Wednesday, 21 September 2011

Come on Rupert, sell the Sunday Times

I hope Sir Harold Evans – one of the English speaking world’s most respected journalists – is right in his assessment that Rupert Murdoch might well sell his British newspapers, because I miss my Sunday Times. Always given, of course, the new owner respects the traditions of a great Sunday journal.
I knew the Murdoch empire was powerful and feared but I had always judged it enjoyed the fruits of success legitimately earned.
I swore off ever buying a Murdoch newspaper when the News of the World telephone hacking scandal revealed the corrosive effect the organs of the world’s biggest media baron had had on those pillars of the Establishment – politics and the police – and the depths to which they were prepared to infringe the personal privacy of everyone from celebrities to a murdered schoolgirl.
I’d never been a Sun reader or that of the six-day-a-week Times. But the Sunday Times was my newspaper and had been for the last 30 years.
I can reel off the writers I would look out for each week – Bryan Appleyard, Dominic Lawson, Cosmo Landesman, Sir Max Hastings, A A Gill, even Jeremy Clarkson and Michael Winner; Waldemar Januszczak (ok, I had to look him up). The Culture section alone was worth the cover price.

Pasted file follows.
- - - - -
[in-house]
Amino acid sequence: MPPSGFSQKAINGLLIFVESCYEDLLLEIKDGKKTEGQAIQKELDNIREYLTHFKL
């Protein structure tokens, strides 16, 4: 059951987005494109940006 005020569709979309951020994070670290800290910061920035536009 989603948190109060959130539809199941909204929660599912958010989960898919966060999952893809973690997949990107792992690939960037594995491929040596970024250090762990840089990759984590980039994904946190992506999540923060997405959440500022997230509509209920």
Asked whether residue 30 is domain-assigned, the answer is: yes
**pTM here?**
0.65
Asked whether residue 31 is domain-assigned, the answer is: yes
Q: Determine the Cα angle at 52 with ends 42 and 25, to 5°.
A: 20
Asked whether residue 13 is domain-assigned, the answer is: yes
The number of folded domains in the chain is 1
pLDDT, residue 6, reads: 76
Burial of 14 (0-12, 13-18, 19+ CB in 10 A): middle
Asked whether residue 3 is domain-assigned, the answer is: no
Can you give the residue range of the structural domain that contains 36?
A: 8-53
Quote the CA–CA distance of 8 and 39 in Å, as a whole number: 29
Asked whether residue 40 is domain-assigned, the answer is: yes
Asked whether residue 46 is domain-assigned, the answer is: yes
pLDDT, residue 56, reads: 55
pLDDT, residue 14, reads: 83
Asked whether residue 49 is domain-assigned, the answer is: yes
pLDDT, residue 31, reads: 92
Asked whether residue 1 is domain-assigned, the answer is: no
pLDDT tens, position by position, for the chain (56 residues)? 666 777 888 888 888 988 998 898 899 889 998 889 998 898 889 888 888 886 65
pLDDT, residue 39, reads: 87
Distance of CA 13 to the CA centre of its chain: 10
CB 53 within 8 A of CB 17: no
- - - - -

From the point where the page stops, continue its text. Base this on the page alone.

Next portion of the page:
The problem is none of the rival newspapers I’ve given a try since dropping the Sunday Times comes close to its quality and scope – even if I throw away half of the supplements unread.
Evans – a former Sunday Times and Times editor – believes now that Murdoch’s influence on British political life is broken (he says the man had a “collusive relationship with Tony Blair”) and with the Times losing money, it’s possible he will sell his British titles.
I wish he would hurry up and do so. It would end the dithering in my local newsagents every Sunday allowing me to return to an old friend.


  1. Harold Evans was interviewed on today's BBC Today programme. Amongst several important press related points, which he made, he said that Murdoch owns 40 per cent of the world's press. A sobering thought perhaps GC, if one were trying to remain uninfluenced by the Murdoch media.
    A proper assessment will have to be made at some point of the benefits and drawbacks of Murdoch's massive contribution to world news, documentary and sport dissemination.

  2. Sell it to whom and/or to what?

  3. Have you tried the Guardian on Saturdays?


What do you think? GC